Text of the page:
A hot-company CEO and his banker open up about a relationship that actually works. Sort of
Too little working capital had been a constant at PlanGraphics Inc., a consultant in and designer of automated geographic information systems (GISs). But in 1994, with 65 employees and seven offices worldwide, PlanGraphics faced a capital deficiency that threatened to hit $1 million. Founder John Antenucci wasn't concerned. But his banker, Gordon Taylor, thought that was too much for a company barely doing $5 million in sales.
Taylor, PlanGraphics' loan officer for the last decade and a vice-president of Farmers Bank & Capital Trust, in Frankfort, Ky., wanted globe-trotting Antenucci to stay home, handle expenses, shrink overhead, maximize profits, and give the bank good financial information. "You're not running a profitable operation," Taylor lectured, "and your balance sheet doesn't support your credit. My bank has gone as far as it will go."
Indeed the bank had gone even further. Toward the close of 1994, PlanGraphics had overdrawn its $800,000 line of credit by $300,000. If Taylor had returned those checks, he could have killed the company. But Antenucci wasn't alarmed. "Entrepreneurs come up against barriers. They're walls to some; to others, they're only hurdles."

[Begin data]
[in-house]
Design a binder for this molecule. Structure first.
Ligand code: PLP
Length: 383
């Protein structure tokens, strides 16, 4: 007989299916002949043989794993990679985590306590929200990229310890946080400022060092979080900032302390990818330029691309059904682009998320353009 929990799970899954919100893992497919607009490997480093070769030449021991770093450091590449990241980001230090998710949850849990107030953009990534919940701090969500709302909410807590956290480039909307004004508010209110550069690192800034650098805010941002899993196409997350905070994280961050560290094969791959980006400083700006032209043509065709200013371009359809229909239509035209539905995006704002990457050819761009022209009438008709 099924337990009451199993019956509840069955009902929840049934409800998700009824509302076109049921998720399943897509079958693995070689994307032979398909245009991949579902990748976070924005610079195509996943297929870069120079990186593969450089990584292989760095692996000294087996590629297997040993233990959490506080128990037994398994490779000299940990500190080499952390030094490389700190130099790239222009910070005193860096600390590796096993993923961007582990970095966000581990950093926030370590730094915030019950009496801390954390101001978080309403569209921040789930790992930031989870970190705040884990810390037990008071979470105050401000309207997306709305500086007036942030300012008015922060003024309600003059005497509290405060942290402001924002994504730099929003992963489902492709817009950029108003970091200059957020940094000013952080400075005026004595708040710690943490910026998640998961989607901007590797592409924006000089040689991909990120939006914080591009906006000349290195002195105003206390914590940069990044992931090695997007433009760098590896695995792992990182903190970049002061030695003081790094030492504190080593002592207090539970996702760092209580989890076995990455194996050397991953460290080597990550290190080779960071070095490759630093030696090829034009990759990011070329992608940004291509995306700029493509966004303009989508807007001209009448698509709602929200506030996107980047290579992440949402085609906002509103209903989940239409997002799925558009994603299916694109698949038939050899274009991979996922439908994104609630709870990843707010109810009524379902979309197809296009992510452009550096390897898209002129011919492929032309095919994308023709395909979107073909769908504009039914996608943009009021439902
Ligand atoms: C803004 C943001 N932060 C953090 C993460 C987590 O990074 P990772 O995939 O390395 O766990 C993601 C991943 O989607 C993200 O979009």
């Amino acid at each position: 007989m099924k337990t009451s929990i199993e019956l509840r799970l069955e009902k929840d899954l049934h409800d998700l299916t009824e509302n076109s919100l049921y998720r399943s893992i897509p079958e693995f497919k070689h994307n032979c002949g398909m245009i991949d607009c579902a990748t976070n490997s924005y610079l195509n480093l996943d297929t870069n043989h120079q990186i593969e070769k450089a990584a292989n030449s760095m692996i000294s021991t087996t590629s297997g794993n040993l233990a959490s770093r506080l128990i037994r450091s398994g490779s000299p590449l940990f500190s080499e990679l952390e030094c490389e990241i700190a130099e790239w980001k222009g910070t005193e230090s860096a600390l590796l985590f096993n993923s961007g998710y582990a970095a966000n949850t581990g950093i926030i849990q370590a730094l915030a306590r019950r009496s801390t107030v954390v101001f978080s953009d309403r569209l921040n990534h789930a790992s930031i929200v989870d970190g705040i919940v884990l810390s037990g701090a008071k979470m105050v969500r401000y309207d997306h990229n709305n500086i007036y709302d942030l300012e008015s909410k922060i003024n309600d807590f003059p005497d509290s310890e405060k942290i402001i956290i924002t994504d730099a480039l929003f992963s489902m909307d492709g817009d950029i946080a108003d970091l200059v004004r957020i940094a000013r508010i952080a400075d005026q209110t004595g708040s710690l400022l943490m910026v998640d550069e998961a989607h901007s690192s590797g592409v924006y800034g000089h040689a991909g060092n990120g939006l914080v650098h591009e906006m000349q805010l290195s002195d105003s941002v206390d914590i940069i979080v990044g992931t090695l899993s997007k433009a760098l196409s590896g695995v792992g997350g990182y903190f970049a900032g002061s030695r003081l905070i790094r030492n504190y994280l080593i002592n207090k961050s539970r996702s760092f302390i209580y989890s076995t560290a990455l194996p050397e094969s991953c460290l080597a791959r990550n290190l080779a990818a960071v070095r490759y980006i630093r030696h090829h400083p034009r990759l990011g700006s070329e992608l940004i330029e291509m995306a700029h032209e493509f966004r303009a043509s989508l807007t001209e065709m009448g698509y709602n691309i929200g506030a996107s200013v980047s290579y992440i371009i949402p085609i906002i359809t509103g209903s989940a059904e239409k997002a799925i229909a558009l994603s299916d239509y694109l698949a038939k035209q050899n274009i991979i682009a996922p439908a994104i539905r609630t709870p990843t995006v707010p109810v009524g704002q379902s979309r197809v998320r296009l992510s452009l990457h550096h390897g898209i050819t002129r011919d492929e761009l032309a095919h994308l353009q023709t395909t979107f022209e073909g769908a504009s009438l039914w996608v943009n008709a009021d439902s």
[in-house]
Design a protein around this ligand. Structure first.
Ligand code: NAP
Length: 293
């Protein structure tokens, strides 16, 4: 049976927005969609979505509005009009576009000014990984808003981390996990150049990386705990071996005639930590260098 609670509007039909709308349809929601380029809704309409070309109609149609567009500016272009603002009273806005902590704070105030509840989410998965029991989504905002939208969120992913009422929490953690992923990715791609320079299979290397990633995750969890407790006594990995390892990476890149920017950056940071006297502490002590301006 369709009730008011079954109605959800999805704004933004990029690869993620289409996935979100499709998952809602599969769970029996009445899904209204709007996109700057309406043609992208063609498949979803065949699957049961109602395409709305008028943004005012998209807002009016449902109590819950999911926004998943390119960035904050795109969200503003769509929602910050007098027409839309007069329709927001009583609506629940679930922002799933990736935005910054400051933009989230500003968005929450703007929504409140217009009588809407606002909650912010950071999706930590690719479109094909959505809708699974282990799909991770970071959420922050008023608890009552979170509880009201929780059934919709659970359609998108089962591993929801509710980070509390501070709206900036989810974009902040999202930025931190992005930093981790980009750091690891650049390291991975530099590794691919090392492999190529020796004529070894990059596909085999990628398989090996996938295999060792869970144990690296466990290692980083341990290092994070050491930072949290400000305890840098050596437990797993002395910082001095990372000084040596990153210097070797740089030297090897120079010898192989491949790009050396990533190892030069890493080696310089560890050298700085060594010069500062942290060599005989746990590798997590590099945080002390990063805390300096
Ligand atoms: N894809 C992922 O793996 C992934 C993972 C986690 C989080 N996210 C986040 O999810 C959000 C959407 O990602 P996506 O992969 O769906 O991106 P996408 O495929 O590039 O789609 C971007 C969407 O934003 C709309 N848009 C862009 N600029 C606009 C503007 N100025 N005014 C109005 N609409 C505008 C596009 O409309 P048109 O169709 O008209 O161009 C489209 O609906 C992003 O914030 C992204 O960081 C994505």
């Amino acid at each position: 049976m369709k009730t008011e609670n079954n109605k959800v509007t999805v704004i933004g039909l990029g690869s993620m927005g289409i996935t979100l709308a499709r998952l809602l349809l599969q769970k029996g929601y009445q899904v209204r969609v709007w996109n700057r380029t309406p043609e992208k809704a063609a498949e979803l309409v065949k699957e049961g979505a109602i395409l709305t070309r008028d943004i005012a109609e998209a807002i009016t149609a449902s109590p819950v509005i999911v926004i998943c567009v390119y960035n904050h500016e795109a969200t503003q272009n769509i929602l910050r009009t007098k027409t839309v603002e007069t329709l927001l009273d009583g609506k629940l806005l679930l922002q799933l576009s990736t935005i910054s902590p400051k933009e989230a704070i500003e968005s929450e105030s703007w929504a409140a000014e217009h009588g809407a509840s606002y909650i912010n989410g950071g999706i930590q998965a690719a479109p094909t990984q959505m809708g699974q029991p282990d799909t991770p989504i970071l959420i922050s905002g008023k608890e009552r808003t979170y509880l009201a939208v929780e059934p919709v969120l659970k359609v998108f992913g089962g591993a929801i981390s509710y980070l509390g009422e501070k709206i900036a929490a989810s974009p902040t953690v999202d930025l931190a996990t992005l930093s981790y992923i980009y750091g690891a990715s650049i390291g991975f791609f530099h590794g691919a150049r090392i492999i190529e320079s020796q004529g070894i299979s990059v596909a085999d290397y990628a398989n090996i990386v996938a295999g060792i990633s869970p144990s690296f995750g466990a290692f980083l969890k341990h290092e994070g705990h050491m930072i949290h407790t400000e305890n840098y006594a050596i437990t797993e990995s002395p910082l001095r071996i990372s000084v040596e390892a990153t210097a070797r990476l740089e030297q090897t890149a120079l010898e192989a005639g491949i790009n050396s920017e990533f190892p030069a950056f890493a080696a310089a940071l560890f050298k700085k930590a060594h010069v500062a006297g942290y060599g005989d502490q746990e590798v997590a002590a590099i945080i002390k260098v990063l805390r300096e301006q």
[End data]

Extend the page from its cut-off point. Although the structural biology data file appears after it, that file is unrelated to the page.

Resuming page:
Among the country's tiniest capitals, Frankfort empties to a hard-core population of only 28,000 when the state government closes for the day. Although Frankfort boasts the commerce-supportive Federal Expresses, stationers, lawyers, and other components of a big city, it also has the on-a-first-name-basis fraternity of a small town, which essentially it is. In proximity that few businesses enjoy with their banks, PlanGraphics sits catercorner from Farmers across West Main Street. The bank and its prime small-business customer are such close neighbors that Farmers rehabilitated and then leased to Antenucci the turn-of-the-century dry-goods store where PlanGraphics' world headquarters are located. Lender and borrower, landlord and tenant, Taylor and Antenucci literally can peer into each other's office. And, in a way, they do.
As PlanGraphics grew, its borrowing shed the tight skin of Small Business Administration sponsorship and was picked up by Farmers as conventional notes at various rates, 1% to 4% over prime. The notes were backed by the usual personal guarantees plus PlanGraphics' accounts receivable. "It's difficult to lend to service companies," says Taylor, "because they don't have a lot of hard assets. Their hard asset is the book of business they're actively pursuing."
Until recent setbacks, Farmers had been willing to lend 80% of that book "because of Antenucci's record of not having lost any money." And because public bureaucracies -- the bulk of PlanGraphics' client base -- traditionally pay slowly, Taylor extended the eligibility of the receivables as collateral from 90 days' aging to 120 days'. "One-hundred twenty-five thousand dollars was a lot of money for so small a company," Taylor says of Antenucci's initial credit line in 1986. "But we reviewed his need and the nature of the business." Part of that need was to meet the payroll of a rapidly multiplying and, to Farmers, unusually well paid staff, whose $45,000 a year average salary was triple that of the average Kentuckian.